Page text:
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Healthy Skepticism Library item: 20536

Warning: This library includes all items relevant to health product marketing that we are aware of regardless of quality. Often we do not agree with all or part of the contents.

 

Publication type: Magazine

Blutstein H
Dealing Drugs Legally
The Big Issue 1996 Nov 1714-16


Abstract:

Pharmaceutical companies can be very persuasive when they want to be. So when they offer free dinners, trips interstate and ‘educational’ seminars there are questions to be answered.


Full text:

The scene is a fashionable South Yarra restaurant where general practitioners and a smattering of specialists have gathered to sup and listen to the latest developments in their profession. The evening is made possible by the generosity of a major pharmaceutical company.

An eminent professor talks about the latest drug treatments for hypertension. His talk presents data that supports the effectiveness of the drugs sold by the host, although dietary controls are one of the most effective forms of controlling blood pressure. The good professor obviously had little time for this argument; he asks the GP sitting next to him whether he can have her uneaten dessert as seconds.

The young GP who went without dessert, Dr L, works in a small outer-suburban practice. She occasionally attends such free talks to keep up with the latest research. The other option is to attend courses organised by the Royal College of Australian General Practitioners, for which she would have to pay.

Dr L would be offended at any suggestion that she would prescribe her host’s products just because she has enjoyed the company’s hospitality. There are other equally effective products on the market… but there are so many names to remember.

The drug company hopes that its dinner and talk will help Dr L recollect the names of its product instead of competing brands when she is faced with her next patient with high blood pressure.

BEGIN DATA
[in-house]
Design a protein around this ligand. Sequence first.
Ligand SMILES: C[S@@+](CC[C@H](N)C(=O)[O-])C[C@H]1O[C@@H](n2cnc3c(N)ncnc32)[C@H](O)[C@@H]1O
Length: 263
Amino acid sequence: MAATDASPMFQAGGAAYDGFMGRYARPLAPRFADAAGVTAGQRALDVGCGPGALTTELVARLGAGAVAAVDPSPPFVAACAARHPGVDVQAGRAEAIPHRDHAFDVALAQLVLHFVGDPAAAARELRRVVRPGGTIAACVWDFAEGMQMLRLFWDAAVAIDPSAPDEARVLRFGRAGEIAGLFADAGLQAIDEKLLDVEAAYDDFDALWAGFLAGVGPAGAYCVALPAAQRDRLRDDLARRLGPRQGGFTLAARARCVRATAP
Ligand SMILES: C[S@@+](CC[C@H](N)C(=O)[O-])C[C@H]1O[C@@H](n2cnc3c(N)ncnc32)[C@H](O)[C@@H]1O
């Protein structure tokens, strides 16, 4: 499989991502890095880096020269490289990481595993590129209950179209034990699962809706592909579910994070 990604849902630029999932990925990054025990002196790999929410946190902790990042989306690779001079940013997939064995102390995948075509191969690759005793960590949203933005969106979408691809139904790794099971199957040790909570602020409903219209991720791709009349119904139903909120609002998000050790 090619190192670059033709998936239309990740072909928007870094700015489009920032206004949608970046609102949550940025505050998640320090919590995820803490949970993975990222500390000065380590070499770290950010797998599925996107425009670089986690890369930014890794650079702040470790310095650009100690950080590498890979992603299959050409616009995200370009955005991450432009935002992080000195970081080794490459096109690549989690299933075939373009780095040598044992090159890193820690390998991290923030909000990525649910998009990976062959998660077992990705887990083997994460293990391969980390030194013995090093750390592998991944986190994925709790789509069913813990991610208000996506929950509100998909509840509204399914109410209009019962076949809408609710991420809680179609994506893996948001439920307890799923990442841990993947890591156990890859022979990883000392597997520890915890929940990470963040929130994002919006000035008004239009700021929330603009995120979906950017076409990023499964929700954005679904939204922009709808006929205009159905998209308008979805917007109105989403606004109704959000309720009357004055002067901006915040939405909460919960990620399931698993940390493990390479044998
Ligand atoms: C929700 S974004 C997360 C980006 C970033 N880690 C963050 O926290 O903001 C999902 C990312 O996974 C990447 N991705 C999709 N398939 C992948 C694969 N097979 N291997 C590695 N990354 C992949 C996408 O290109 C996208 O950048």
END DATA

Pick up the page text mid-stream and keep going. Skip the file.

Pharmaceutical companies are the dominant voice in the healthcare industry. In Australia their promotional budget has been estimated to be between $173 million and $235 million. Some would say that it is at an unsafe level for good health care because doctors are unable to hear other opinions – opinions that may caution against over-prescribing or against accepting at face value the superlatives showered on the latest drug.

The impact of this promotional spending often irritates Dr L, who finds its presence pervasive. The medical magazine that interest her contain more drug advertisements than articles. Her letter box (and soon after, her bin) is regularly filed to overflowing with glossy circulars on the latest medicines, and an army of sales representatives is always knocking on her door. When she occasionally allows one in, the representative often leaves behind a small gift such as a pen or a textbook or a sample of the drug for Dr L to try out on her patients. And, of course, there are invitations to information nights with dinner included and free films. Once she was flown to Launceston for a two-day seminar, all expenses paid by a drug company.

Dr L is adamant that attending such functions does not influence her. Nor is she swayed by advertisements or drug company sponsored talks. Her reaction is typical to that found in a UK study. It showed that 91 percent of doctors believed that advertising was of minimal importance in influencing their prescribing. However 77 percent accepted and acted on a misleading claim with came from a drug company’s advertisement.

All these promotional techniques ensure that doctors listen to what the drug companies are peddling, are influenced by claims made and, in time, will prescribe their pharmaceuticals.

Against the thunderous noise of the industry a lone voice seeks to be heard. By exposing misleading advertising, the Medical Lobby for Appropriate Marketing encourages pharmaceutical companies to provide reliable information. “Misleading drug promotion can result in inappropriate drug prescribing, which may ultimately harm patients”, says Agnes Vitry, spokeswoman for MaLAM. According to Australian studies, an estimated 7 to 31 percent of pharmaceutical advertisements contained unjustified statements.

The pharmaceutical industry is aware that such statistics can damage it. To protect itself, and avoid government surveillance and intervention, pharmaceutical advertising and promotional practices are controlled by an industry Code of Conduct, running to 89 pages of rules and ethical statements. The government has accepted the industry’s self-regulation system, and maintains a watching brief.

The Code was prepared and is policed by the Australian Pharmaceutical Manufacturers Association (APMA), which has fifty-three members and covers about 95 percent of the industry. Only two significant manufacturers are not members of APMA, but during the last 3 years thirty-one drug companies breached the APMA Code. This translates to breaches by 64 percent of the member companies.